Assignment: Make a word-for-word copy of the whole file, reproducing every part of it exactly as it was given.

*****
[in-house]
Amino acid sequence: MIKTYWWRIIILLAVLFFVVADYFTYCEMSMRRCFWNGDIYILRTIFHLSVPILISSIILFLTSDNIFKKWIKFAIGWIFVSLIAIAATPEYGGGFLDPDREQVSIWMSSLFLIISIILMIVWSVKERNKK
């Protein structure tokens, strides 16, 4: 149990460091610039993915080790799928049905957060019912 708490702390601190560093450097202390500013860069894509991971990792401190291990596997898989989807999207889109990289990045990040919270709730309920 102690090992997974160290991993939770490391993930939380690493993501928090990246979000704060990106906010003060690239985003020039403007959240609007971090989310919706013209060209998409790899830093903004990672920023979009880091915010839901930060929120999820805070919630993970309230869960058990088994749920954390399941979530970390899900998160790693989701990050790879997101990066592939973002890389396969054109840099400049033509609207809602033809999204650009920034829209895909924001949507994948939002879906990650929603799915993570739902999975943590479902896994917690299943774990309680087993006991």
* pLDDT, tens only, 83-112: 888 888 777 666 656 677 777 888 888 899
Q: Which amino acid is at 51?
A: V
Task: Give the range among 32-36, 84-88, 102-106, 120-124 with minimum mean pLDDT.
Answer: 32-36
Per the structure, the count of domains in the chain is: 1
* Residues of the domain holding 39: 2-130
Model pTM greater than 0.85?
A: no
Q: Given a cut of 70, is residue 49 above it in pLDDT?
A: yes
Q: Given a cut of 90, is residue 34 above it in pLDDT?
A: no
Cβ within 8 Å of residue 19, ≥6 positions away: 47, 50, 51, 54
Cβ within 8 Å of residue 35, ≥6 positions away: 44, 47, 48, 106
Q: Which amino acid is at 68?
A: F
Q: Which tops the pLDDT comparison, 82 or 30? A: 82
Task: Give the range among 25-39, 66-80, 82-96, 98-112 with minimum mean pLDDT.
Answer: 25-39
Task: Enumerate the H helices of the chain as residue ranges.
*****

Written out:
[in-house]
Amino acid sequence: MIKTYWWRIIILLAVLFFVVADYFTYCEMSMRRCFWNGDIYILRTIFHLSVPILISSIILFLTSDNIFKKWIKFAIGWIFVSLIAIAATPEYGGGFLDPDREQVSIWMSSLFLIISIILMIVWSVKERNKK
């Protein structure tokens, strides 16, 4: 149990460091610039993915080790799928049905957060019912 708490702390601190560093450097202390500013860069894509991971990792401190291990596997898989989807999207889109990289990045990040919270709730309920 102690090992997974160290991993939770490391993930939380690493993501928090990246979000704060990106906010003060690239985003020039403007959240609007971090989310919706013209060209998409790899830093903004990672920023979009880091915010839901930060929120999820805070919630993970309230869960058990088994749920954390399941979530970390899900998160790693989701990050790879997101990066592939973002890389396969054109840099400049033509609207809602033809999204650009920034829209895909924001949507994948939002879906990650929603799915993570739902999975943590479902896994917690299943774990309680087993006991």
* pLDDT, tens only, 83-112: 888 888 777 666 656 677 777 888 888 899
Q: Which amino acid is at 51?
A: V
Task: Give the range among 32-36, 84-88, 102-106, 120-124 with minimum mean pLDDT.
Answer: 32-36
Per the structure, the count of domains in the chain is: 1
* Residues of the domain holding 39: 2-130
Model pTM greater than 0.85?
A: no
Q: Given a cut of 70, is residue 49 above it in pLDDT?
A: yes
Q: Given a cut of 90, is residue 34 above it in pLDDT?
A: no
Cβ within 8 Å of residue 19, ≥6 positions away: 47, 50, 51, 54
Cβ within 8 Å of residue 35, ≥6 positions away: 44, 47, 48, 106
Q: Which amino acid is at 68?
A: F
Q: Which tops the pLDDT comparison, 82 or 30? A: 82
Task: Give the range among 25-39, 66-80, 82-96, 98-112 with minimum mean pLDDT.
Answer: 25-39
Task: Enumerate the H helices of the chain as residue ranges.